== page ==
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Heart Valve Replacement

By: Kathryn Senior PhD - Updated: 17 Oct 2012 | comments*Discuss
 
Heart Valve Replacement Operation

Heart valves play an important role in the function of the normal heart; they prevent blood from flowing backwards and maintain the overall flow of circulation. The human body has a double circulation system. Blood flows from the left side of the heart and around the body and back and then flows from the heart to the lungs and back in a shorter circuit that starts at the right side of the heart. This ensures that the body receives a regular supply of oxygenated blood to keep all the tissues and organs able to burn glucose for fuel to power all their metabolic processes.

The main heart valves are the main aortic valve, which prevents back flow of blood from the left atrium of the heart into the left ventricle, the aortic valve, which prevents back flow from the aorta into the left ventricle. On the right side of the heart, the tricuspid valve stops blood flowing backwards from the right atrium into the right ventricle and the pulmonary valve stops blood flowing back from the vena cava, the main artery that leads to the lungs, back into the right atrium.

Heart Valve Problems

Heart valve problems can develop for several reasons – age, disease, infection or because of a congenital heart defect that becomes worse over time. A faulty heart valve can be quite serious as blood can leak through and the circulation is compromised. The symptoms caused vary depending on which heart valve is affected but the usual effect is that heart failure develops. If the right side of the heart is affected, fluid builds up in the legs, ankles and feet and can also form in the abdomen. If the left side of the heart is affected, breathlessness is the most common symptom.

Heart Valve Replacement

All of the different valves in the heart can be replaced but the choice of prosthetic valve depends in a surgeon’s preference, experience and on the individual patient. Animal tissue valves or a human heart valve obtained from an organ donor are used as biological heart valve replacements. These work well but care must be taken to avoid rejection of the new tissue, as the body sees it as ‘foreign’ and sets up an immune response to destroy it. Rejection can be minimised by pre-treating the replacement valve, and by suppressing the immune response in the person receiving the new valve.

Artificial valves are another alternative and medical technology has designed very effective replacement valves, many of which will outlast the person they are implanted into. The carry the risk that blood clots are more likely to form around the artificial materials used to make the valves, but there is far less risk of rejection as inert materials are used that do not provoke an immune response.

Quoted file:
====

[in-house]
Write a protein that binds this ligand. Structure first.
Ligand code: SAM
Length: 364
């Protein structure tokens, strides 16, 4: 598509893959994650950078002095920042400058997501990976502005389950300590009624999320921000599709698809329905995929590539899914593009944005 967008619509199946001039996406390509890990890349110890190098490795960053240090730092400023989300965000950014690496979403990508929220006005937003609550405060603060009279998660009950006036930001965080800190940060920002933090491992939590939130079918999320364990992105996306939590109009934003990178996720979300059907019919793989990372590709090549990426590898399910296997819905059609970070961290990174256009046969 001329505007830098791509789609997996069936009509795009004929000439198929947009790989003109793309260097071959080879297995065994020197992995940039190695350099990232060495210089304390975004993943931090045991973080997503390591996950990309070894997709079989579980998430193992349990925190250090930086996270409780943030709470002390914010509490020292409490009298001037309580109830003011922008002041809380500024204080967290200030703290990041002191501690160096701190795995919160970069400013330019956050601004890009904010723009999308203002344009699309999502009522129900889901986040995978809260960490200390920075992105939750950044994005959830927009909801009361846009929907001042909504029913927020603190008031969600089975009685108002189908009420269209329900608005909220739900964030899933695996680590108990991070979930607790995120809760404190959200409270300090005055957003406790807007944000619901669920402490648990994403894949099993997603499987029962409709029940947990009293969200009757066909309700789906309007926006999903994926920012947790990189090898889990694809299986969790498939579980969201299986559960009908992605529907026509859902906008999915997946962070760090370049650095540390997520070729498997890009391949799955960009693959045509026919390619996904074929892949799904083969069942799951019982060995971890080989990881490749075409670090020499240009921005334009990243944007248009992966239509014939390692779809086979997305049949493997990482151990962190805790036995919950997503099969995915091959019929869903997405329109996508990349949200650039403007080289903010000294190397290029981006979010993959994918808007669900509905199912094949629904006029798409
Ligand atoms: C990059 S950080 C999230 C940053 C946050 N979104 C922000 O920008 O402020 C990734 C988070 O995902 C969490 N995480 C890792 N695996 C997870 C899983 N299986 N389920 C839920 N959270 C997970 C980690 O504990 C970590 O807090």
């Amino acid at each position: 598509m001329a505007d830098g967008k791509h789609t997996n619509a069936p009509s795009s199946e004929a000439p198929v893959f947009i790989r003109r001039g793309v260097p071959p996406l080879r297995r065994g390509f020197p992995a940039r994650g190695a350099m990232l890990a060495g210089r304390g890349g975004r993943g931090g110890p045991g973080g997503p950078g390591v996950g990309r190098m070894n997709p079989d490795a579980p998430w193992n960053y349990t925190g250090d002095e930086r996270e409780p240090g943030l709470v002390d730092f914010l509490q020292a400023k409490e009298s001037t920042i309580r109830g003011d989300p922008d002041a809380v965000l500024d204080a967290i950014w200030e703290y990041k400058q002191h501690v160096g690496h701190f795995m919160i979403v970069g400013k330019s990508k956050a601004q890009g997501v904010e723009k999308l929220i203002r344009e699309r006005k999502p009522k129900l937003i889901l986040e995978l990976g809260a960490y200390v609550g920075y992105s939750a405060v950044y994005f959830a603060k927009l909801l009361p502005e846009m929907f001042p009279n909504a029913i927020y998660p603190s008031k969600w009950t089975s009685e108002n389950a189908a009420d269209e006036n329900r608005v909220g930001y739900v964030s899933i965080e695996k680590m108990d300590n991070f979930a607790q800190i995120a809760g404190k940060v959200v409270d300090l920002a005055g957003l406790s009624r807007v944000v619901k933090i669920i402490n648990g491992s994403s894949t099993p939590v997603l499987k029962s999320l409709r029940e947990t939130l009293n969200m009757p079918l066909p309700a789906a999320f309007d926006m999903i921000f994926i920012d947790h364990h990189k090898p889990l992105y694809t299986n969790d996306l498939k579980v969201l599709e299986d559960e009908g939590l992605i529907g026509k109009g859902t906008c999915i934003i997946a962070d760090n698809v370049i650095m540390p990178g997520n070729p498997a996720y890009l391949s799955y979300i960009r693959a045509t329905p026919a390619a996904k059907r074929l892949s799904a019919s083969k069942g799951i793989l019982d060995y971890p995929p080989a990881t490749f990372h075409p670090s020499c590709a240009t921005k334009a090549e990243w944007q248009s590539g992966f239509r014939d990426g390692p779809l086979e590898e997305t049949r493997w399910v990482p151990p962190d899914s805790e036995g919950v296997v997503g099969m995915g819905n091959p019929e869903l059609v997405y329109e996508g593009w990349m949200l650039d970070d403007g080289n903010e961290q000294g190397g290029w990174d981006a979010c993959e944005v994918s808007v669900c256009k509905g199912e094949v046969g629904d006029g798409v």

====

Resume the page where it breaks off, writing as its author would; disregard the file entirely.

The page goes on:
Choosing a Heart Valve

The factor that is most often used to make the decision of whether to implant a biological heart valve or a synthetic one is the age of the person with the valve problem. Tissue valves tend to only last 10-15 years, so are only really suitable for elderly people with valve disease. Someone in their 40s or 50s would normally be given a mechanical artificial valve as this should last their lifetime. Even if they were to live another 50 years, it is unlikely they would ever need the valve replacing again.

Alternatives to Heart Valve Replacement

Some heart valve problems can be addressed by an operation that repairs the valve rather than replaces it with a biological or a synthetic alternative. The operation is very intricate and, like all heart valve surgery, involves an open heart procedure in which the normal function of the heart and lungs is taken over temporarily by a heart and lung machine. In some ways, a heart valve repair is preferred as there is no introduction of foreign tissue into the body; if the body’s own valve can be restructured so that it functions normally, the outcome is usually very good. Most heart valve repair surgery is currently done on the mitral valve.

New techniques are currently being researched to develop less invasive methods of repairing heart valves. It is already possible to use tiny instruments that can be introduced into the heart through one of the main veins in the leg. This remote surgery needs very skilled surgeons and does carry risks. If it can be perfected, however, it would remove the need for the heart and lung machine and for such a drastic open-heart operation.

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